JOHANNESBURG — Unknown attackers wielding machetes and guns killed more than 1,000 civilians in the neighborhood of an Ivory Coast town controlled by forces fighting to install the internationally recognized president, the Catholic charity Caritas told The Associated Press Saturday.
The U.N. mission in Ivory Coast said it has a team investigating the alleged mass killings in western Duekoue. It said most of the nearly 1,000 peacekeepers based there were protecting about 15 ,000 refugees at a Catholic mission in the town at the time.
Spokesman Patrick Nicholson of the Roman Catholic charity Caritas said workers visited Duekoue on Wednesday and found hundreds of bodies of civilians killed by bullets from small-arms fire and hacked to death with machetes.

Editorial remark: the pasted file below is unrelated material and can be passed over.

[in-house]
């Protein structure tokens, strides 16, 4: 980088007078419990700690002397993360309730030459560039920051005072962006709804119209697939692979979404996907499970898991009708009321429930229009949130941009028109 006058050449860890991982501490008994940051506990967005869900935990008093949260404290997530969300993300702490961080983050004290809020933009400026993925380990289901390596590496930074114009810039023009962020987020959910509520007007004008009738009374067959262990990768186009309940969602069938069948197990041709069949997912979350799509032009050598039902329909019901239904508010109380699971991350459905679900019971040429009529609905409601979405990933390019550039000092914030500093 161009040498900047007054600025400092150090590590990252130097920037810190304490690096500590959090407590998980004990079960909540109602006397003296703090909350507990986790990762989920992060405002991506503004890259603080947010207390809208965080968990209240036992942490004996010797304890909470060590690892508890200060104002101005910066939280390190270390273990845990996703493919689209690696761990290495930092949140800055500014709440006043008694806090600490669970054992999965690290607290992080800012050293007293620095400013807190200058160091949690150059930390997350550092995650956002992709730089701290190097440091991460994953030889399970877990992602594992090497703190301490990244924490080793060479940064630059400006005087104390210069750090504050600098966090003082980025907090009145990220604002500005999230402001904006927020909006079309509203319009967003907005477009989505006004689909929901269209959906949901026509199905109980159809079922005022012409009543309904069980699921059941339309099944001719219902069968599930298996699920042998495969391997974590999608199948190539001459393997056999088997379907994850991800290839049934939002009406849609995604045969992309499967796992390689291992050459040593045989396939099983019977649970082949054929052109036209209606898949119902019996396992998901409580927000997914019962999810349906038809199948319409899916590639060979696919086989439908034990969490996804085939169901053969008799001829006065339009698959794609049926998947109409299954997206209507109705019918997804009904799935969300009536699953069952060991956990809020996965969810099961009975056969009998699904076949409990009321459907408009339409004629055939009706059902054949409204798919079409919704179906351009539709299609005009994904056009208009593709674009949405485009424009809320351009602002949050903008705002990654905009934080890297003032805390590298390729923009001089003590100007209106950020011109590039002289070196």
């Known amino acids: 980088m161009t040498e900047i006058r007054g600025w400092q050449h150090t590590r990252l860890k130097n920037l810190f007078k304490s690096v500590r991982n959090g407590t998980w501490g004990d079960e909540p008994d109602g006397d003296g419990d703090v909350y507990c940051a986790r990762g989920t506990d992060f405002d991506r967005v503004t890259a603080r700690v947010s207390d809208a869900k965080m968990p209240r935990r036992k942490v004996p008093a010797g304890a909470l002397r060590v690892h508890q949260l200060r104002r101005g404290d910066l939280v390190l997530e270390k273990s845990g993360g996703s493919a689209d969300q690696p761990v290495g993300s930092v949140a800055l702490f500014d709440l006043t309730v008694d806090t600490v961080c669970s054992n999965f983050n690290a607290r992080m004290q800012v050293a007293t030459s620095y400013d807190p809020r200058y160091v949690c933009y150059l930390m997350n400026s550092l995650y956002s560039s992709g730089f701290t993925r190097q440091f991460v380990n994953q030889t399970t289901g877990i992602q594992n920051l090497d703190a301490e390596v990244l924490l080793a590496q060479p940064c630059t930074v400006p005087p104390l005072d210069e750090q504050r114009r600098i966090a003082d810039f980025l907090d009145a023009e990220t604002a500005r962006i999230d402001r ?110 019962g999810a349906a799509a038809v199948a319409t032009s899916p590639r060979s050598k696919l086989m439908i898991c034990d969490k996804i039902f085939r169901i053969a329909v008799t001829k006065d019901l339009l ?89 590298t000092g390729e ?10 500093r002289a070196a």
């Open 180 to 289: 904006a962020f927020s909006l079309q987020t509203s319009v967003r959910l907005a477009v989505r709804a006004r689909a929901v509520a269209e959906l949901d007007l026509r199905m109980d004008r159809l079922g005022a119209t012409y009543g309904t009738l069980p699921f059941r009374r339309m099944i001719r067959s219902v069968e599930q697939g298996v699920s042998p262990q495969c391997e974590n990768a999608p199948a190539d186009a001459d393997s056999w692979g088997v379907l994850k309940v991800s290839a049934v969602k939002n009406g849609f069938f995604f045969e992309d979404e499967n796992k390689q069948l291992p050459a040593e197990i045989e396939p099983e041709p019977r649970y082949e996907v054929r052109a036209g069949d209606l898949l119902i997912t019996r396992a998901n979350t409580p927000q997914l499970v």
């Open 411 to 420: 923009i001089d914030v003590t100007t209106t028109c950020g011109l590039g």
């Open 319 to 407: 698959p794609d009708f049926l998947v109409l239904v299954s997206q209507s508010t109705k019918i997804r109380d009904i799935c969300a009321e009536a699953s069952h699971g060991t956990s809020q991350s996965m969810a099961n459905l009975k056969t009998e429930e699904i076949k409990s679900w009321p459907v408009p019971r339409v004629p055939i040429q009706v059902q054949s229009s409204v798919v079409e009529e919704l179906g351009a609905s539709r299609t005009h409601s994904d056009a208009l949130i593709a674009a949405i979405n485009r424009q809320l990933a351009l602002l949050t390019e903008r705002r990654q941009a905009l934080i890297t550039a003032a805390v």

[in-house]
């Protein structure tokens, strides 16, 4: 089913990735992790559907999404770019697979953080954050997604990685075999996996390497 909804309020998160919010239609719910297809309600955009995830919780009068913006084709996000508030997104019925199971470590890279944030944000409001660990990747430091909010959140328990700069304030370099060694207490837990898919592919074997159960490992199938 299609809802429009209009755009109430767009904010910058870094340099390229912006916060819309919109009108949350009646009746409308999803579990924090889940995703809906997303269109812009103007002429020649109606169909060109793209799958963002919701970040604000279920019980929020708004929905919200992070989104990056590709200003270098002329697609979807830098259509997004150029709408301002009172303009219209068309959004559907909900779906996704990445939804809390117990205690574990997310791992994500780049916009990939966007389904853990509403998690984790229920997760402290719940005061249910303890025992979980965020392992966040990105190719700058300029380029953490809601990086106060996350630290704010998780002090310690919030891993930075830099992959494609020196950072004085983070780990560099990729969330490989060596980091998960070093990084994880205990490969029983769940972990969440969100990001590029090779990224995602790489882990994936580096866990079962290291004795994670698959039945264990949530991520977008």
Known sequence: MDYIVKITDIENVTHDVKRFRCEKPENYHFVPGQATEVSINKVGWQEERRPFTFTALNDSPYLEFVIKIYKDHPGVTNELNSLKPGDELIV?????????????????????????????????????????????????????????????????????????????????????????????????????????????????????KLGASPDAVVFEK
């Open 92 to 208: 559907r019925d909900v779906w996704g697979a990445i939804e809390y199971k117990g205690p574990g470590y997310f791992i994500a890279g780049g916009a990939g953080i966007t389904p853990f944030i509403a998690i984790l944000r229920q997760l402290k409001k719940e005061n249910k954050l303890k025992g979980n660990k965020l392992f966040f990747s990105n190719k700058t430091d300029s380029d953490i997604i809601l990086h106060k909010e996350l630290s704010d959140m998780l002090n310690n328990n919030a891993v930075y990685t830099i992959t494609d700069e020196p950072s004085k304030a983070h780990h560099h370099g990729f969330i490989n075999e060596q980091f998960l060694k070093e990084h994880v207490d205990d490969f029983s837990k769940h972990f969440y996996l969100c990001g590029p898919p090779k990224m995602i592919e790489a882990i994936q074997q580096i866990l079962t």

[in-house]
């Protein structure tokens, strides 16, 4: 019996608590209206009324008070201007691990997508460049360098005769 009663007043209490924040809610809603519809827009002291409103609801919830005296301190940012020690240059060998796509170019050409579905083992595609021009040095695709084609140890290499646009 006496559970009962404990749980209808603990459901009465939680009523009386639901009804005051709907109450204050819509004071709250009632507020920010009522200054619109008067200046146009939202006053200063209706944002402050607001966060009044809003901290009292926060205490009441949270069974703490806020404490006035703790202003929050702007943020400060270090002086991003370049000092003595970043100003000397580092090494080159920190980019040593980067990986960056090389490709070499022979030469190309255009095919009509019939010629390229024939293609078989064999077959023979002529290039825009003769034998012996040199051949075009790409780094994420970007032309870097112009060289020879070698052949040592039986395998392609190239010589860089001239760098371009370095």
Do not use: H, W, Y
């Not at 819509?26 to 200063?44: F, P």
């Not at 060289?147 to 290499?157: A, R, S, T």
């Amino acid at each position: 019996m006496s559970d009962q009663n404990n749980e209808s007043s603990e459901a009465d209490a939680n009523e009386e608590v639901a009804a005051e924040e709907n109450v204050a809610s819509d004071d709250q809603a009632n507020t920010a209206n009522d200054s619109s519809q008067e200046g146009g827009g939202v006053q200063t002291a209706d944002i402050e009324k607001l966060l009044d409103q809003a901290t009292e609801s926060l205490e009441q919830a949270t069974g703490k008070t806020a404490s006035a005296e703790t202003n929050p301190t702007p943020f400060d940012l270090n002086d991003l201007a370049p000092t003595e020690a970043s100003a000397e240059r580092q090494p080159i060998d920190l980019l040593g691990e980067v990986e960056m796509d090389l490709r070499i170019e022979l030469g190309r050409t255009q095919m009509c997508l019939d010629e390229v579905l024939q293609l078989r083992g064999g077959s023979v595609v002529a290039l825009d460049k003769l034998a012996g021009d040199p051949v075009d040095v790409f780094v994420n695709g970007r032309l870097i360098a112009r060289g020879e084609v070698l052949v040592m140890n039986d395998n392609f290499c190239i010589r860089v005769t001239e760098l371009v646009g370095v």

They estimated more than 1,000 civilians were killed, he said.
The International Federation of the Red Cross put the death toll at about 800, in separate and independent visits Thursday and Friday.
Nicholson, the Caritas spokesman, said the killings occurred over three days in a neighborhood controlled by fighters loyal to internationally recognized President Alassane Ouattara, though it was not clear who the perpetrators were.
“The massacre took place in the ‘Carrefour’ quarter of town, controlled by pro-Ouattara forces, during clashes on Sunday 27 March to Tuesday 29 March,” Nicholson said. “Caritas does not know who was responsible for the killing, but says a proper investigation must take place to establish the truth.”
He said the victims included many refugees from fighting elsewhere in the country, where rival forces had been battling over a disputed November election.